English Grammar


I can't help but ask the question...

Hi everybody. I was just said something like : "I can't help BUT ASK the question", when I would have rather said : "I can't help askING the question". Is this same-difference? Or does my phrase make an other meaning to the sentence? Or worrying myself sick over nothing? Is there anybody here to do me a favor and help me survive my headache? By the time, I need some Tylenol. What do they call acetaminophen again? Paracetamol? I know. Only my pharmacist doesn't. But medicines are not the point. Grammar is. I count on you. Thanks a lot.

8 comments

  • Hello Jean Pierre,
    I can't help answering your question OR I can't help but answer your question??? Well, according to Michael Swan (whose book "Practical Usage" published by Oxford University Press I can highly recommend) the second structure is not very common; it is even unusual in Spoken English...The book I mentioned above answers tricky grammar but also vocabulary questions.Very useful for keen learners of English like you Jean Pierre. I'm afraid it is more expensive than Paracetamol but it has long-lasting effects and no side effects. In the meantime, you can rely on the members of the Forum including a new member like me. By the way, my nickname Silky is actually my cat's name. So don't start fantasizing but have sweet dreams all the same!
  • Hello Jean Pierre,
    I can't help answering your question OR I can't help but answer your question??? Well, according to Michael Swan (whose book "Practical Usage" published by Oxford University Press I can highly recommend) the second structure is not very common; it is even unusual in Spoken English...The book I mentioned above answers tricky grammar but also vocabulary questions.Very useful for keen learners of English like you Jean Pierre. I'm afraid it is more expensive than Paracetamol but it has long-lasting effects and no side effects. In the meantime, you can rely on the members of the Forum including a new member like me. By the way, my nickname Silky is actually my cat's name. So don't start fantasizing but have sweet dreams all the same!
  • Hi Silky, thank you very much for your reply. Thanks to you, I’ve taken note that even the most famous grammar books don’t mention such a popular phrase. Hope you’ll take it easy (que tu ne le prendras pas mal), but I eventually couldn't help but tape « can’t help but » on my favorite (favourite?) search engine and guess what? (tu sais tu c’est quoi? en bon français de là bas) It appears in almost seven millions web sites all over the world. I didn’t know. No biggie, now, you and I, we know. Anyway, I’m sorry I have no nickname. I just thought my first name would be enough. Yours is actually cute. I love it. Take care of you Silky, and of your little pet Silky as well. By the way, did I tell you GYMGLISH told me first about this phrase? They seem to be smarter than books... I'm making this phrase mine.
  • Hello Jean Pierre,
    After reading your answer, I can't help but conclude that English IS definitely a language from which the words "never used or "seldom used" should be banned. Of course M.Swan is really British and the influence of American English is more and more widespread,isn't it? It was interesting to read your reaction and of course I'm not taking it amiss. I disagree with the people who say English is easy. It's true that the beginnings are easy, that it's not too difficult to get by in GB - except to understand some odd accents - but the usage of English is not that easy (though I think it is easier than French).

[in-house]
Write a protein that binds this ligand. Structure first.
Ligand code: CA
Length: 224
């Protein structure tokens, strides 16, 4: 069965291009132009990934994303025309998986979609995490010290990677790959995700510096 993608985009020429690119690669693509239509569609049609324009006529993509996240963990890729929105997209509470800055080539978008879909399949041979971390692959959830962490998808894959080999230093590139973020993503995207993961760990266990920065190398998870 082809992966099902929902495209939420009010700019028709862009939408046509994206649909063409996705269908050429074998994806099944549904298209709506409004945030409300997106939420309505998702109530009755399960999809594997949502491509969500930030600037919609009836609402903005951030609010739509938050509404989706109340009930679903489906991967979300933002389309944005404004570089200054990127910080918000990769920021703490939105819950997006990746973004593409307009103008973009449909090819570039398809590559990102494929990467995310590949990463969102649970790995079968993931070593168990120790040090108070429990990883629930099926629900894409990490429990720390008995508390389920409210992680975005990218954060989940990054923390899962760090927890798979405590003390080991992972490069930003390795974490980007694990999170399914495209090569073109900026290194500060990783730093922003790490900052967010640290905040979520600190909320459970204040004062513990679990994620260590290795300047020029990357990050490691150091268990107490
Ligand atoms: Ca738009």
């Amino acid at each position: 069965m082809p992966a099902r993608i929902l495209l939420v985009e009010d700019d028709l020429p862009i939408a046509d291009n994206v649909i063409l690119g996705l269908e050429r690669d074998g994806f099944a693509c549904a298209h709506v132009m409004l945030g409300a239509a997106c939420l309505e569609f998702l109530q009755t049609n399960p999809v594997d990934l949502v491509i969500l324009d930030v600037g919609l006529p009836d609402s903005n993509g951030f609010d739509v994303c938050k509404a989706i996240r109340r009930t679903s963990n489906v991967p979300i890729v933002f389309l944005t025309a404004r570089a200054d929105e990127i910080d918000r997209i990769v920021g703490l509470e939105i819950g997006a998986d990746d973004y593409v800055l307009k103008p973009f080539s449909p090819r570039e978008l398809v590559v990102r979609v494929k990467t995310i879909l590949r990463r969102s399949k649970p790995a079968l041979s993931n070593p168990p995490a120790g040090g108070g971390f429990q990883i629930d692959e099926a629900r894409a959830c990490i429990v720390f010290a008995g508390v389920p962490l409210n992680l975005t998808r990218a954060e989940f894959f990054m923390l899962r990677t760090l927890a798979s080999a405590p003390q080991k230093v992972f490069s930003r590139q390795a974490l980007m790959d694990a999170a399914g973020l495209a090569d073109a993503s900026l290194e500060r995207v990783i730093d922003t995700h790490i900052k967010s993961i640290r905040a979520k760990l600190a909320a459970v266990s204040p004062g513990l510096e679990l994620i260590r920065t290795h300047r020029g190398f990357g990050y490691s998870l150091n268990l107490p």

How lucky we are not to have to learn French...and to learn English with such a pleasant method including a forum that enables us to share ideas with other learners...
  • hi for all
    for me a can't understoud in the one hand, for the sercend i can't found any way to study the book montioned and i hope to found via this forum to improve my skils in englich.
    thanks all for
  • From Silky:
    Hello Jean Pierre,
    I can't help answering your question OR I can't help but answer your question??? Well, according to Michael Swan (whose book "Practical Usage" published by Oxford University Press I can highly recommend) the second structure is not very common; it is even unusual in Spoken English...The book I mentioned above answers tricky grammar but also vocabulary questions.Very useful for keen learners of English like you Jean Pierre. I'm afraid it is more expensive than Paracetamol but it has long-lasting effects and no side effects. In the meantime, you can rely on the members of the Forum including a new member like me. By the way, my nickname Silky is actually my cat's name. So don't start fantasizing but have sweet dreams all the same!

     
  • Dear Silky,
    according to the third edition (which is the latest one) of Michael Swan's book, structures such as 'I can't help but ask the question' are common in American English.
  • From Artifact:
    Dear Silky,
    according to the third edition (which is the latest one) of Michael Swan's book, structures such as 'I can't help but ask the question' are common in American
    English.

     


    Dear Artifact,
    Thank you very much for your interesting piece of information. American English is not my cup of tea...It's one of the reasons why I like Gymglish because I can learn American words, expressions,pronunciation etc...
    Besides, I can't help but thank you for sparing me the trouble (and the cost!) of buying M.Swan's latest edition.
    Bye for today

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